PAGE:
2) Soldiers with superhuman strength

HULC exoskeleton

The HULC exoskeleton, which should let people carry up to 200 pounds with ease. (Lockheed Martin)

Insects and crabs have powerful external skeletons. Could building exoskeletons for people make them stronger? The military is investigating whether the technology could be used to give soldiers superhuman strength. And other researchers are working on medical exoskeletons to enhance the strength of people who have been weakened from paralysis or old age.

The FDA approved ReWalk, the first exoskeleton for medical use, in June of 2014. The system consists of motorized leg braces that someone with lower-body paralysis can tell to walk, stand up, or sit down using a remote control.

And the military has been a big player in this field, too. Ekso Bionics previously developed the hydraulic powered HULC (Human Universal Load Carrier), which Lockheed Martin is now developing for military and industrial uses. Lockheed's website describes the HULC as something that could help military personnel carry up to 200 pounds of heavy combat gear for extended periods of time without fatigue. And Raytheon also has a similar suit: the XOS.

Several other programs having also been developing strength suits for military use, including US Special Operations Command's TALOS (Tactical Assault Light Operator Suit), which seeks "an advanced infantry uniform that promises to provide superhuman strength with greater ballistic protection," according to a US Army statement. And DARPA— the research arm of the Pentagon — has the Warrior Web program, which is focused on the goal of a soft, pliable supersuit.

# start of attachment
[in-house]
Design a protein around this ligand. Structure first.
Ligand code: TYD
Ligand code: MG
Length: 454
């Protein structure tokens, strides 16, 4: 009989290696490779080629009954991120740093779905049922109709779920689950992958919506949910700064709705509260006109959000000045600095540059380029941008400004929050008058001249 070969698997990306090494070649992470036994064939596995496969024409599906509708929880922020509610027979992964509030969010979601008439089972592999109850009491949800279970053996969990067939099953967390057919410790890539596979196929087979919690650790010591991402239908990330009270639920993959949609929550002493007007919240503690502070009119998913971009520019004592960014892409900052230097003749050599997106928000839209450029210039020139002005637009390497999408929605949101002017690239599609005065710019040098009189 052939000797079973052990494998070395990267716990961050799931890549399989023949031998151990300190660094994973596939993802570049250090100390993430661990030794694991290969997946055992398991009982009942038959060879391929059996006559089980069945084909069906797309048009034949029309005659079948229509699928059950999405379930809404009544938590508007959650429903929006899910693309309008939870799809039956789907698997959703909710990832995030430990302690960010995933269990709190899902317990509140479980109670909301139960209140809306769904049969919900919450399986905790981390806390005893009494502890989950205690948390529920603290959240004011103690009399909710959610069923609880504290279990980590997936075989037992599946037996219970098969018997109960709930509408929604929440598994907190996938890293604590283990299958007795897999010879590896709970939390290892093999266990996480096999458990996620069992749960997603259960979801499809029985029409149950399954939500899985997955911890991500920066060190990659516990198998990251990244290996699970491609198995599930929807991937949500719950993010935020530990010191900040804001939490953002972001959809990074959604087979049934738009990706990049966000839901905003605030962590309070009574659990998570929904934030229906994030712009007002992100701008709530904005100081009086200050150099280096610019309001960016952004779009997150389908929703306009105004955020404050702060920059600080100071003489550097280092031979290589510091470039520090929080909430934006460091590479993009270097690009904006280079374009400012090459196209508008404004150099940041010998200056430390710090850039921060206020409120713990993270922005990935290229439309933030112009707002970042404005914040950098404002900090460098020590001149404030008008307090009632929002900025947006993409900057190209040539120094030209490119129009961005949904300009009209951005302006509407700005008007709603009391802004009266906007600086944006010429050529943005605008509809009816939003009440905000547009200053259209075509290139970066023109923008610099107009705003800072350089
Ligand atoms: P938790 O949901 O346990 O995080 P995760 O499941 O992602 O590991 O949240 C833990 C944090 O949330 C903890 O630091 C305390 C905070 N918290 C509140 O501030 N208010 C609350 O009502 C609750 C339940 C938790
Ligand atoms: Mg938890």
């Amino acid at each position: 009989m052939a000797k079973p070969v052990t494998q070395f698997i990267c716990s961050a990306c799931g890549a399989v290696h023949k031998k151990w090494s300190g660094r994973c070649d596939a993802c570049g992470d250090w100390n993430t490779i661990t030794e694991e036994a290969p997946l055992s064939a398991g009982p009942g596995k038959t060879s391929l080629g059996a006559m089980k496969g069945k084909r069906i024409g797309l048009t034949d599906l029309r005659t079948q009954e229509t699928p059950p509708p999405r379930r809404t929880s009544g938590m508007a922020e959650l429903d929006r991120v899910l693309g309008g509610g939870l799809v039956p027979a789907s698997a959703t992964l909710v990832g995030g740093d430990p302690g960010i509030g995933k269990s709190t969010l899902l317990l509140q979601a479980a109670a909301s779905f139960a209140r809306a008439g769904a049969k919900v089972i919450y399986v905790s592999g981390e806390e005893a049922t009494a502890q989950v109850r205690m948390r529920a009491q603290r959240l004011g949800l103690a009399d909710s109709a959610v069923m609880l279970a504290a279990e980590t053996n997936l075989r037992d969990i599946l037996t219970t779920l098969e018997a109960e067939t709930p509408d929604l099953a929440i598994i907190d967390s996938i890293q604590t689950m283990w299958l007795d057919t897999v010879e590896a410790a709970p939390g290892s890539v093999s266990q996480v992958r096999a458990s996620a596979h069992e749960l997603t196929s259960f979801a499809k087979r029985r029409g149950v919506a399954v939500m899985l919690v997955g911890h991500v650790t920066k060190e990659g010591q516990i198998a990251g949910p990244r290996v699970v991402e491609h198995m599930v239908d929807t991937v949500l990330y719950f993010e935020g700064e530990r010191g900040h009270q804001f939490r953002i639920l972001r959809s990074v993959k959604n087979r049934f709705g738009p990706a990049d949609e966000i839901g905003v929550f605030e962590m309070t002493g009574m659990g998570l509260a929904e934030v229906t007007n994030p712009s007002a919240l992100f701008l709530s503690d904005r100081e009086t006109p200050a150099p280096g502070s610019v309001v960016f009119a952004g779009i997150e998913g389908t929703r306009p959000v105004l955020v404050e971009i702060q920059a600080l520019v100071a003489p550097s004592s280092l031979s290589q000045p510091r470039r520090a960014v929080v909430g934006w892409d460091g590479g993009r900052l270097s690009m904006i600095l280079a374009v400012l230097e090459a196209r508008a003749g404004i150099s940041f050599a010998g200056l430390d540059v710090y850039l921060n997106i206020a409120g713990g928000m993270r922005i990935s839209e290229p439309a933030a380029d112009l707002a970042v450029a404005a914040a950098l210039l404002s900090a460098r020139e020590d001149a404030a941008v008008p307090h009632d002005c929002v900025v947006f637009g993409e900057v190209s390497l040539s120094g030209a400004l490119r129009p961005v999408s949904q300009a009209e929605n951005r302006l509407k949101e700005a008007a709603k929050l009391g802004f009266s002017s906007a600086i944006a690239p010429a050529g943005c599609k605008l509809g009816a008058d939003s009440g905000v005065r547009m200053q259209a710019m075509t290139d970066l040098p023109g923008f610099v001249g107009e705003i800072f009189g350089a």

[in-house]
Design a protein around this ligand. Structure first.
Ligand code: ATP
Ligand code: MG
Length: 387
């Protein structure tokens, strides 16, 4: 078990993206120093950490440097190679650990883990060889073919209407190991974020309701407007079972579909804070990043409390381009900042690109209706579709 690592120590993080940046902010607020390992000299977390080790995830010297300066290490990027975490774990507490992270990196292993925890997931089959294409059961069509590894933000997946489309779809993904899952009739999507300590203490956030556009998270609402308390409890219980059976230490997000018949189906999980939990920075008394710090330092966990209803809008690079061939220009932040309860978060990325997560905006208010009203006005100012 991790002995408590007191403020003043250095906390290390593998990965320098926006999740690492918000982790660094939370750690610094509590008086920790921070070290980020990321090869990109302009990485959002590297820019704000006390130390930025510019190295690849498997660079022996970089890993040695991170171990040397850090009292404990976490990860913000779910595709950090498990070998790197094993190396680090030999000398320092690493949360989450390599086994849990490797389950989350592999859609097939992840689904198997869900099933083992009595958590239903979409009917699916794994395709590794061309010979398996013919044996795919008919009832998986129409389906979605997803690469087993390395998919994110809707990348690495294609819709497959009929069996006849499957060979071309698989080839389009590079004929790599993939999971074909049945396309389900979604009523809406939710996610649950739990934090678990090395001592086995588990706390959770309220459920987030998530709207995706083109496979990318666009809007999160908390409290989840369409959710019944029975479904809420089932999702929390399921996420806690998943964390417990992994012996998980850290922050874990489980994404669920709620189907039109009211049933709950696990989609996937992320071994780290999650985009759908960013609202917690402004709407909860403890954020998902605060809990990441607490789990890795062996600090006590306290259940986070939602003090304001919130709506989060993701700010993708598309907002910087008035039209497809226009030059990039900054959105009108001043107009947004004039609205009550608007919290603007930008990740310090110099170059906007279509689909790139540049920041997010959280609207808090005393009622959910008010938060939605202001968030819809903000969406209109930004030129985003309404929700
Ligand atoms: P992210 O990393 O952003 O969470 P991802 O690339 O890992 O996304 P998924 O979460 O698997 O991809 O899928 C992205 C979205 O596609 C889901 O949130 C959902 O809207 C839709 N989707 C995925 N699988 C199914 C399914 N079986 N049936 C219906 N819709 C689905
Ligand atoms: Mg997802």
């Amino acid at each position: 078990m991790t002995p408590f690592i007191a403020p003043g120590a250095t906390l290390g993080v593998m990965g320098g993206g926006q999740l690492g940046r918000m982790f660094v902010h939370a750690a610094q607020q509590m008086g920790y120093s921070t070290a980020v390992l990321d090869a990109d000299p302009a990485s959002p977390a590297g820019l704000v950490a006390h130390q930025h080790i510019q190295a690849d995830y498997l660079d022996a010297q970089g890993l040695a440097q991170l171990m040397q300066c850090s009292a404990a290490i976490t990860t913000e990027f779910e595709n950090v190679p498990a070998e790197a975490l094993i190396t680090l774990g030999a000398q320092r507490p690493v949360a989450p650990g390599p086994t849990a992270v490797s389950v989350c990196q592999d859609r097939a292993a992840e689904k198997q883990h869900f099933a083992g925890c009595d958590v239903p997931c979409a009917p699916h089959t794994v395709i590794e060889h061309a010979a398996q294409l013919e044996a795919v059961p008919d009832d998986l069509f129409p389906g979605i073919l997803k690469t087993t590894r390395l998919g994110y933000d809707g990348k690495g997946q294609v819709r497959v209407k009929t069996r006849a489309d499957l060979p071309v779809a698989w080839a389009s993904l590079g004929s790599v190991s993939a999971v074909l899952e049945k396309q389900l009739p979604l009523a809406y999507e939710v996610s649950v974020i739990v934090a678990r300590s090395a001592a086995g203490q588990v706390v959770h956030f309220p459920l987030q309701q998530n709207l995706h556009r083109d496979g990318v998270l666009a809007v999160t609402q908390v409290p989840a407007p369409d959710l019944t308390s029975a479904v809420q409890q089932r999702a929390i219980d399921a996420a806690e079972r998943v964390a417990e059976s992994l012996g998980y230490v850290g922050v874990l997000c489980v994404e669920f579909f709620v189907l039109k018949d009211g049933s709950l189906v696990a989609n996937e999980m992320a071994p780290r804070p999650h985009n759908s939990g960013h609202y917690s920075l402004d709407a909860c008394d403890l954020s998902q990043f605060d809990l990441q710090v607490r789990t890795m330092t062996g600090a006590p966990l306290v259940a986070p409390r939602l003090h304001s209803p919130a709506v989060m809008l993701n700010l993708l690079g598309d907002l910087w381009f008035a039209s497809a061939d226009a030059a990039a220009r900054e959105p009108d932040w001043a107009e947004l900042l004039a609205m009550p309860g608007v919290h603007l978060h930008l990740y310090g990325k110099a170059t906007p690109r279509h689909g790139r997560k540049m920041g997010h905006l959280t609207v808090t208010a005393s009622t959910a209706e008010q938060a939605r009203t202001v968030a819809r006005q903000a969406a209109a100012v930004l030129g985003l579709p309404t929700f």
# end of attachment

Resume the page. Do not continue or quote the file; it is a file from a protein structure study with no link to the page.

3) Improving soldiers' memories

Man with memory chip

Don't worry. This is just a conceptual photograph. (Shutterstock)

The military also wants to put chips in people's brains to help their memories. In the summer of 2014, the Department of Defense announced that it's planning to give out $40 million for researchers to make brain implants to help people with impaired memory. The idea is to help these people have a more normal ability to form new memories as well as access earlier ones. The project's name is Restoring Active Memory (RAM).

The Pentagon says it's interested in memory impairment because it's a frequent problem for service members with traumatic brain injuries. Of course, it's possible that the Pentagon has other interests in memory chips. Is DARPA hoping someday to make super soldiers with superhuman memory? Maybe. You never know. But the agency hasn't said anything publicly about that — they say that the research is aimed at people with memory problems.

It might not be as crazy as it sounds. Researchers have already created working brain implants, such as cochlear implants, which have allowed some 300,000 people to hear. The US government has also approved implants to treat Parkinson's disease and a movement disorder called dystonia.

The groups that are part of DARPA's RAM project — mostly at the University of Pennsylvania and UCLA — have already shown that implants are at least conceivable. For example, in 2012 the UCLA group published a paper in the New England Journal of Medicine showing that stimulating the brain's entorhinal cortex as people learned a spatial route let them remember it better.